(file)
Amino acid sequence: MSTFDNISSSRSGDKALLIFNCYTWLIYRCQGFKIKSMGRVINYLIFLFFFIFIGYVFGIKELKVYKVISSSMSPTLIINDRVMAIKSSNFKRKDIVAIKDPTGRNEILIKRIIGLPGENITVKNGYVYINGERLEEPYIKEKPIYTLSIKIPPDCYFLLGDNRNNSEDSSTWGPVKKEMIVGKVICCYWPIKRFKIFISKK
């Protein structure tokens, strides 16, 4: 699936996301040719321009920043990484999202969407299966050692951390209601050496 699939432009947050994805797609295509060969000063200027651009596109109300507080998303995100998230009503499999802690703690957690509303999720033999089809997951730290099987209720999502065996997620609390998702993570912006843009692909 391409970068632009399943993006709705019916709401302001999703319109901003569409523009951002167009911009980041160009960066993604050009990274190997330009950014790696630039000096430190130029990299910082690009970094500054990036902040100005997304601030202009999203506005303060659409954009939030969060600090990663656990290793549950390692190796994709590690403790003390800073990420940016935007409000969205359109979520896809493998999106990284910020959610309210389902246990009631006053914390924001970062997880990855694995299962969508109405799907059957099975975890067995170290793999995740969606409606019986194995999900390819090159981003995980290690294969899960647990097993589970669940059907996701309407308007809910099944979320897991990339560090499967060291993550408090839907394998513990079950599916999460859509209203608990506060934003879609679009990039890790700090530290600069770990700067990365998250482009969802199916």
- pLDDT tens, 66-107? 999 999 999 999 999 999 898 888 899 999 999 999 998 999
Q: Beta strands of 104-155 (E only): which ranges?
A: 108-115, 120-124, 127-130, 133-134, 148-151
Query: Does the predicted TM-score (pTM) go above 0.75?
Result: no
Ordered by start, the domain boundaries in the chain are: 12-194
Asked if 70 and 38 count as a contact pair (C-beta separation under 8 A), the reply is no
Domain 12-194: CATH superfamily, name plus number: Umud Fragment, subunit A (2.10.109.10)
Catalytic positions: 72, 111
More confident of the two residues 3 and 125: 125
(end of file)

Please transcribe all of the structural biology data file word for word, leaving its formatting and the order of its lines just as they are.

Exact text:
Amino acid sequence: MSTFDNISSSRSGDKALLIFNCYTWLIYRCQGFKIKSMGRVINYLIFLFFFIFIGYVFGIKELKVYKVISSSMSPTLIINDRVMAIKSSNFKRKDIVAIKDPTGRNEILIKRIIGLPGENITVKNGYVYINGERLEEPYIKEKPIYTLSIKIPPDCYFLLGDNRNNSEDSSTWGPVKKEMIVGKVICCYWPIKRFKIFISKK
């Protein structure tokens, strides 16, 4: 699936996301040719321009920043990484999202969407299966050692951390209601050496 699939432009947050994805797609295509060969000063200027651009596109109300507080998303995100998230009503499999802690703690957690509303999720033999089809997951730290099987209720999502065996997620609390998702993570912006843009692909 391409970068632009399943993006709705019916709401302001999703319109901003569409523009951002167009911009980041160009960066993604050009990274190997330009950014790696630039000096430190130029990299910082690009970094500054990036902040100005997304601030202009999203506005303060659409954009939030969060600090990663656990290793549950390692190796994709590690403790003390800073990420940016935007409000969205359109979520896809493998999106990284910020959610309210389902246990009631006053914390924001970062997880990855694995299962969508109405799907059957099975975890067995170290793999995740969606409606019986194995999900390819090159981003995980290690294969899960647990097993589970669940059907996701309407308007809910099944979320897991990339560090499967060291993550408090839907394998513990079950599916999460859509209203608990506060934003879609679009990039890790700090530290600069770990700067990365998250482009969802199916």
- pLDDT tens, 66-107? 999 999 999 999 999 999 898 888 899 999 999 999 998 999
Q: Beta strands of 104-155 (E only): which ranges?
A: 108-115, 120-124, 127-130, 133-134, 148-151
Query: Does the predicted TM-score (pTM) go above 0.75?
Result: no
Ordered by start, the domain boundaries in the chain are: 12-194
Asked if 70 and 38 count as a contact pair (C-beta separation under 8 A), the reply is no
Domain 12-194: CATH superfamily, name plus number: Umud Fragment, subunit A (2.10.109.10)
Catalytic positions: 72, 111
More confident of the two residues 3 and 125: 125